Open wide and say Awwwww

The entire universe in blog form
April 13 2010 7:13 AM

Open wide and say Awwwww

Every now and again a new picture from a space telescope comes down the pipe* that's a little bit different, a little bit of a step to the left. I think this image counts:

herschel_rosette

Phil Plait Phil Plait

Phil Plait writes Slate’s Bad Astronomy blog and is an astronomer, public speaker, science evangelizer, and author of Death From the Skies!  

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Kewwwwl. That's the Rosette Nebula as seen by the Herschel far infrared observatory. The Rosette is a huge star forming region, and one that's been around a while. In optical images its name is obvious; it resembles a huge flower in space. The central region looks empty, and that's because it mainly is: fierce winds from newborn stars have excavated a giant bubble in the center of the nebula. Acting like a snowplow, they have pushed the material from the middle of the gas cloud out to the edges, where it piles up. That's what you're seeing here; the inner wall of the nebula. This image is a long walk from the optical, though. It's false color, where blue, green, and red represent the light from the nebula at 70, 160, and 250 microns. For comparison, the reddest light your eye can see is less than one micron in wavelength, so this is way far out in the IR. The reddest light in the image is coming from dust that's only a few degrees above absolute zero!

The bright spots you see peppering the image are cocoons of gas and dust surrounding stars in the process of birth. They're not alone; see the finger-like tendrils all pointing off to the right? Those are regions of slightly denser dust which have resisted the winds from the central stars of the nebula (off the edge of this image to the right). Like sandbars forming behind rocks in a stream, these fingers indicate that the tips are denser, and are probably where stars are forming as well.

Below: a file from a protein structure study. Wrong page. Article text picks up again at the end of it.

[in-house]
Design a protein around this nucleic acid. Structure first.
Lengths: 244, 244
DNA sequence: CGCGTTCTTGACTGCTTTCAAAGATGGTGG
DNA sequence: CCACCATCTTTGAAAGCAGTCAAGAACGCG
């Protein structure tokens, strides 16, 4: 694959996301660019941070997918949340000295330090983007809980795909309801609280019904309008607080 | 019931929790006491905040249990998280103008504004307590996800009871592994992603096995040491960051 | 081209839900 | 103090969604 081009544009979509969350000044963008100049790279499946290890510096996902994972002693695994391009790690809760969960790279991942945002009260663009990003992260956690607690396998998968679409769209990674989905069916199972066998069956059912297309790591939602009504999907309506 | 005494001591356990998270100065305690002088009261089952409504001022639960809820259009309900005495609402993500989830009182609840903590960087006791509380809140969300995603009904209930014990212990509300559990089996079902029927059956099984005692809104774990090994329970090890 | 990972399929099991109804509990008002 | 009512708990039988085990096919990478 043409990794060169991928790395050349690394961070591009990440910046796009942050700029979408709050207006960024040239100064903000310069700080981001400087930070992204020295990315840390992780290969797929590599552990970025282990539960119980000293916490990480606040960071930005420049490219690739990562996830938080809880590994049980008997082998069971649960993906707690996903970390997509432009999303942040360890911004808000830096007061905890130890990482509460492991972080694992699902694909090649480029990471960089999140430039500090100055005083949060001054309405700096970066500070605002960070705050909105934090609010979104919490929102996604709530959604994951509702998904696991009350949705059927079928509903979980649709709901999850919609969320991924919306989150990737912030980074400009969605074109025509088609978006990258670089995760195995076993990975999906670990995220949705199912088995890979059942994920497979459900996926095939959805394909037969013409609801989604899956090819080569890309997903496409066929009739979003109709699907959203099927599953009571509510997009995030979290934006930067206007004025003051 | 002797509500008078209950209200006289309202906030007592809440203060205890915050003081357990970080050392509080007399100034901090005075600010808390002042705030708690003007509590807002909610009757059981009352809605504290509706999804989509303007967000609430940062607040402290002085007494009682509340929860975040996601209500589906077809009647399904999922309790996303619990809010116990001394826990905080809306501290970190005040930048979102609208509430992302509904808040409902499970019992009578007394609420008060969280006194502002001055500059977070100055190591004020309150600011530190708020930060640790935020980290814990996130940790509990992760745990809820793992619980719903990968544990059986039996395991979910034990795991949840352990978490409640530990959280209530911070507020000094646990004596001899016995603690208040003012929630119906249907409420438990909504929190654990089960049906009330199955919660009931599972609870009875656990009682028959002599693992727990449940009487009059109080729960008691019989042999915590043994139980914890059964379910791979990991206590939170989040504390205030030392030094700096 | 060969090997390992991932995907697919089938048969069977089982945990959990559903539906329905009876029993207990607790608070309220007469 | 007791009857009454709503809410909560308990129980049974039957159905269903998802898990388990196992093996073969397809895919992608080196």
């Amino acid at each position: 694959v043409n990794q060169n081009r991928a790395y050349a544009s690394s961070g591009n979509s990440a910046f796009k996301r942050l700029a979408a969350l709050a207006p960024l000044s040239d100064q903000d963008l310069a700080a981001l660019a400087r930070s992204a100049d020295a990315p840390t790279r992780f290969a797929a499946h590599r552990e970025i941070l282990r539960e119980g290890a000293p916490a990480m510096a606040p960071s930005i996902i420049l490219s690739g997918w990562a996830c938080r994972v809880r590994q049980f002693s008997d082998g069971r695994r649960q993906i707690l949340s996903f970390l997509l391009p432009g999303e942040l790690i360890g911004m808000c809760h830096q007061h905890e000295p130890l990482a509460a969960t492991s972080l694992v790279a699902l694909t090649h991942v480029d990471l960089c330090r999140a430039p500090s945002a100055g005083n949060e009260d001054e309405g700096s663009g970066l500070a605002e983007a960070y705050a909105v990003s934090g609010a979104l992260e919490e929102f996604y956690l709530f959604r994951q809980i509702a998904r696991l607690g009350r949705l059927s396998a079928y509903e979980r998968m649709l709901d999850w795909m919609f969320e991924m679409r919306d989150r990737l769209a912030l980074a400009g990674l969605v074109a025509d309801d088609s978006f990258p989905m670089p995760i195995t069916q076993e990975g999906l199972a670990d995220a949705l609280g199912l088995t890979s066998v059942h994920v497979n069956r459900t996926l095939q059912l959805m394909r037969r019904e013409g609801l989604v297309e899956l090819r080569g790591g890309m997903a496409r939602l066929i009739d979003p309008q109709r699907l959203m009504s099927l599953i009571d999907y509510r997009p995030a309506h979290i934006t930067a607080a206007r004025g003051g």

What I can't get over is how three-dimensional this image looks! It's like the mouth to Hell from Poltergeist. Well, a little bit. If the mouth were 5000 light years away, 100 light years (a quadrillion km, or 600 trillion miles!) across, and kept at a chilly -260° C.

That's a big, cold, far away mouth.

And the analogy isn't fair, anyway. In the movie, that mouth was where you went after you die, but in reality, this cavernous cloud is where life gets started. Maybe our own Sun was born in a nebula like this; some research indicates it may have been. So while this picture may look a little bit frightening, to me it's comforting. Even sweet.

After all, who can resist a nursery full of babies?

Image Credit: ESA/PACS & SPIRE Consortium/HOBYS Key Programme Consortia



*Some people say "pike" which is understandable (pike as in road) but I think "pipe" is funnier and apropos, so that's what I'm sticking with.

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